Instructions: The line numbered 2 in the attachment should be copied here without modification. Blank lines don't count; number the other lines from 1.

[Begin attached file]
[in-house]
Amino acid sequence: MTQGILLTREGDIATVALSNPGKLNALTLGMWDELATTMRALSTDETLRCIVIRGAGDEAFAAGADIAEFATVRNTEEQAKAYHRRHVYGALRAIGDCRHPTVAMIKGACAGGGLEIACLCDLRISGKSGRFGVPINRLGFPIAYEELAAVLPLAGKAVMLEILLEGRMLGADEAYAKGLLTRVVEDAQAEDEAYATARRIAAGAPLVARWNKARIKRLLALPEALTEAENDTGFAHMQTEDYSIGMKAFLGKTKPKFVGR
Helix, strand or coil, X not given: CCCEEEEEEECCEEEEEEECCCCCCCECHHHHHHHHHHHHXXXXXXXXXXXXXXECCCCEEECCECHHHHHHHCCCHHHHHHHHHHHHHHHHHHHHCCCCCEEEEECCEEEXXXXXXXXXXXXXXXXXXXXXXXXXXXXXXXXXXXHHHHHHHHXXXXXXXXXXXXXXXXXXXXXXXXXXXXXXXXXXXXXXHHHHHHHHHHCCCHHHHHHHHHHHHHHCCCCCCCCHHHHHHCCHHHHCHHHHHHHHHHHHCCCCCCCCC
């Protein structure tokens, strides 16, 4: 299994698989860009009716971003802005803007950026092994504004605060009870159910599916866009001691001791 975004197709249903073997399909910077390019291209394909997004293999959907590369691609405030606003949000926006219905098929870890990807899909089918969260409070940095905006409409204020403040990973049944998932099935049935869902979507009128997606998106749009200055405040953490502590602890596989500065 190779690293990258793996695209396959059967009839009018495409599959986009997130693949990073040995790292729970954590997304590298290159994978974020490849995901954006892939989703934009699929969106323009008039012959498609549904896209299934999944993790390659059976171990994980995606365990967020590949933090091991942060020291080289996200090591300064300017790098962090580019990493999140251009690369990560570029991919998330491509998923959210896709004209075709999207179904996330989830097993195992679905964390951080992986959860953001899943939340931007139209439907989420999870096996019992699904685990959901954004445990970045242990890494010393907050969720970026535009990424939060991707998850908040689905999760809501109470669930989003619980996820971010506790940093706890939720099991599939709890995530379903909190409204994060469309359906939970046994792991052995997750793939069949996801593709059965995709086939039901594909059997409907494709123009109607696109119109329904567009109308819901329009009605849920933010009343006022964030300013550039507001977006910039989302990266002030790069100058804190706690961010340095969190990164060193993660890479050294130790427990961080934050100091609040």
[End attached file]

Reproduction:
Amino acid sequence: MTQGILLTREGDIATVALSNPGKLNALTLGMWDELATTMRALSTDETLRCIVIRGAGDEAFAAGADIAEFATVRNTEEQAKAYHRRHVYGALRAIGDCRHPTVAMIKGACAGGGLEIACLCDLRISGKSGRFGVPINRLGFPIAYEELAAVLPLAGKAVMLEILLEGRMLGADEAYAKGLLTRVVEDAQAEDEAYATARRIAAGAPLVARWNKARIKRLLALPEALTEAENDTGFAHMQTEDYSIGMKAFLGKTKPKFVGR